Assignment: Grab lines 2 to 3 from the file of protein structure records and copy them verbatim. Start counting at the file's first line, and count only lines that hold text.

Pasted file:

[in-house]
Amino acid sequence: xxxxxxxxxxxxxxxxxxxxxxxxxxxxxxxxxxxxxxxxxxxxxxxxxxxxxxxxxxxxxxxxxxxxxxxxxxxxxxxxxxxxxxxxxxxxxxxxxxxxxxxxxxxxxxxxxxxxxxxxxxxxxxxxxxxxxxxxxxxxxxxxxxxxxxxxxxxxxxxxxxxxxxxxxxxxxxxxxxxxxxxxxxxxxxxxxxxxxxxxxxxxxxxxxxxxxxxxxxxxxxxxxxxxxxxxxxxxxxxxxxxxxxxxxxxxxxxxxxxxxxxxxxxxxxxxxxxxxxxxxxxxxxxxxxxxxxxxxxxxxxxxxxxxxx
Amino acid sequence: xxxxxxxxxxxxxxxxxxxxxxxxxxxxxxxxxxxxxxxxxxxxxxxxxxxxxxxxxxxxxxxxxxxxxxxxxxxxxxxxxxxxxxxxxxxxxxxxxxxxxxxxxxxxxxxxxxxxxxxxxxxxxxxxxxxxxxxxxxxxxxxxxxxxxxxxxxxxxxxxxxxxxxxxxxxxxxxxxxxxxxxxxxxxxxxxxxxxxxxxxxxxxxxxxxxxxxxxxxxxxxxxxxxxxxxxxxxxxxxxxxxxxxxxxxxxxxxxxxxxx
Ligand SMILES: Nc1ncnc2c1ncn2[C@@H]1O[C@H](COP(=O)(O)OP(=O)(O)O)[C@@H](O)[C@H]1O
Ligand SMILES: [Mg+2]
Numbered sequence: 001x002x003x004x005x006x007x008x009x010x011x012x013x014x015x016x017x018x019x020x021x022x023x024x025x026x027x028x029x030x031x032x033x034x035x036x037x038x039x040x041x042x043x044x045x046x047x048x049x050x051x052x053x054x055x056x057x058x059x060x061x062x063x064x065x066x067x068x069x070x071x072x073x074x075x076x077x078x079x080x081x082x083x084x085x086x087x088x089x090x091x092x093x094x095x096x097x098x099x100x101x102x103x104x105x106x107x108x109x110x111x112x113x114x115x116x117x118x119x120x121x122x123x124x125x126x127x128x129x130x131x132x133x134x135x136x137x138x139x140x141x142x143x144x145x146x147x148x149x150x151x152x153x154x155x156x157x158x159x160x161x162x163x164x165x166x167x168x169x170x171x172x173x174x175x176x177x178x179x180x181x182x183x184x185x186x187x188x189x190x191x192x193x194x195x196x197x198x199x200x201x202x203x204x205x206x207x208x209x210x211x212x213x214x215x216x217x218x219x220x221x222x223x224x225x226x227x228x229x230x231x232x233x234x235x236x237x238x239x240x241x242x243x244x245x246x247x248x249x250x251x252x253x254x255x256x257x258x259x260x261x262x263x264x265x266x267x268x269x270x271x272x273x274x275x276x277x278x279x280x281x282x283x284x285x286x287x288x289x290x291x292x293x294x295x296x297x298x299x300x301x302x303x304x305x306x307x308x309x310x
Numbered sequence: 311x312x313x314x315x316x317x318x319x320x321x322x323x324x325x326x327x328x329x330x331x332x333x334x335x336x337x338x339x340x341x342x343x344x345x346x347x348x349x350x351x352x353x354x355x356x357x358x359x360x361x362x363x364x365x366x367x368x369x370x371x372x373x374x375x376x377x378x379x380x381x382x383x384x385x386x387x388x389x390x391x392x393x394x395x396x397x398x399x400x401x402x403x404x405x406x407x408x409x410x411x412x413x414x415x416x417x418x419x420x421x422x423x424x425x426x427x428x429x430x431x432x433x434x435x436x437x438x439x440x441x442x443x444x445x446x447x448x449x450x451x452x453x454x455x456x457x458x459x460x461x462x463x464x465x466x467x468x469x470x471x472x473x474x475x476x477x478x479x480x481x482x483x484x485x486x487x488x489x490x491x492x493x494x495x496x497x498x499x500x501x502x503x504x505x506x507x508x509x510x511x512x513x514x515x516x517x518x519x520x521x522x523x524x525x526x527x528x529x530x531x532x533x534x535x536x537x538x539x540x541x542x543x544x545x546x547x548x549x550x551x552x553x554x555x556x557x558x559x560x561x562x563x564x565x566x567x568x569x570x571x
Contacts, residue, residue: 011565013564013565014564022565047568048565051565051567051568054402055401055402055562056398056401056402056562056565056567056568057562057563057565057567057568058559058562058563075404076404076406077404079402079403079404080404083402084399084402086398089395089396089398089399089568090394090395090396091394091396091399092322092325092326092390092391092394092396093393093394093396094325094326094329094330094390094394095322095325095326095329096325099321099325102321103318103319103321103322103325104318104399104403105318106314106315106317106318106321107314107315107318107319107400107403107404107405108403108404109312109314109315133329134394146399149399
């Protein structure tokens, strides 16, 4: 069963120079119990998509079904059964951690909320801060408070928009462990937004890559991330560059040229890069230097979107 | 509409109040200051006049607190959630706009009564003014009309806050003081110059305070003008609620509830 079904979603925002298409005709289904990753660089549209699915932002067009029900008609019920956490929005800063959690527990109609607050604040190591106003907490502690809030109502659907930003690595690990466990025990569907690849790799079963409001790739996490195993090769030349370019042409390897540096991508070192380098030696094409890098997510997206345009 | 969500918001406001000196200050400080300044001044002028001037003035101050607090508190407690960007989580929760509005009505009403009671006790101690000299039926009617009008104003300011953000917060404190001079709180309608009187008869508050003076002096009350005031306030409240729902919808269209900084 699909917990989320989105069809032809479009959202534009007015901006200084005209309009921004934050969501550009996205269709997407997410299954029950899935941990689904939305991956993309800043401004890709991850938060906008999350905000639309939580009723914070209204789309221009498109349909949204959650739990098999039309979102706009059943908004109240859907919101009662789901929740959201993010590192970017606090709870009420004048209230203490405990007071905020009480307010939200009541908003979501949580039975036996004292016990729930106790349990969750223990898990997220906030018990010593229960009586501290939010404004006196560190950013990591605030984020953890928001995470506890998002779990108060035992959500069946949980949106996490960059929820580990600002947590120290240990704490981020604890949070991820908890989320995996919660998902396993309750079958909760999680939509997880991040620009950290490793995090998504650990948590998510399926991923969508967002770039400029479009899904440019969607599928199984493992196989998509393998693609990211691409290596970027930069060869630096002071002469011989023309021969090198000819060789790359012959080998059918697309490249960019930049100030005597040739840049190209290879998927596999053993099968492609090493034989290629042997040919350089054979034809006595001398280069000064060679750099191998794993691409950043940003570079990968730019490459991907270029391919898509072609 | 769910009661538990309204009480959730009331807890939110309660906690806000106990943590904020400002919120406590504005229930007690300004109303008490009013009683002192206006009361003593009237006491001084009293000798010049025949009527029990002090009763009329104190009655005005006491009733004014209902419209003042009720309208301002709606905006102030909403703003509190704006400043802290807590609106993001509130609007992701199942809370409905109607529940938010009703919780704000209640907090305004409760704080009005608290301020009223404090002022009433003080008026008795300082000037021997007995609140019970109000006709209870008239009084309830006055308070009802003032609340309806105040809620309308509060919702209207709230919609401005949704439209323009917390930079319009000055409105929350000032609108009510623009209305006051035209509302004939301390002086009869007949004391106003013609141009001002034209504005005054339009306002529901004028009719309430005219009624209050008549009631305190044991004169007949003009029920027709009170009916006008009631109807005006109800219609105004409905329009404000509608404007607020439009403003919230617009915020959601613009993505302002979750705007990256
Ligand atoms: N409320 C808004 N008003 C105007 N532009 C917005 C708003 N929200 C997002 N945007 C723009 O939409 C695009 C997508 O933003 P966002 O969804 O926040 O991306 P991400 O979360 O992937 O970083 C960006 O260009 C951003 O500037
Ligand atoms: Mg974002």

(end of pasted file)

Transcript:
Amino acid sequence: xxxxxxxxxxxxxxxxxxxxxxxxxxxxxxxxxxxxxxxxxxxxxxxxxxxxxxxxxxxxxxxxxxxxxxxxxxxxxxxxxxxxxxxxxxxxxxxxxxxxxxxxxxxxxxxxxxxxxxxxxxxxxxxxxxxxxxxxxxxxxxxxxxxxxxxxxxxxxxxxxxxxxxxxxxxxxxxxxxxxxxxxxxxxxxxxxxxxxxxxxxxxxxxxxxxxxxxxxxxxxxxxxxxxxxxxxxxxxxxxxxxxxxxxxxxxxxxxxxxxxxxxxxxxxxxxxxxxxxxxxxxxxxxxxxxxxxxxxxxxxxxxxxxxxx
Amino acid sequence: xxxxxxxxxxxxxxxxxxxxxxxxxxxxxxxxxxxxxxxxxxxxxxxxxxxxxxxxxxxxxxxxxxxxxxxxxxxxxxxxxxxxxxxxxxxxxxxxxxxxxxxxxxxxxxxxxxxxxxxxxxxxxxxxxxxxxxxxxxxxxxxxxxxxxxxxxxxxxxxxxxxxxxxxxxxxxxxxxxxxxxxxxxxxxxxxxxxxxxxxxxxxxxxxxxxxxxxxxxxxxxxxxxxxxxxxxxxxxxxxxxxxxxxxxxxxxxxxxxxxx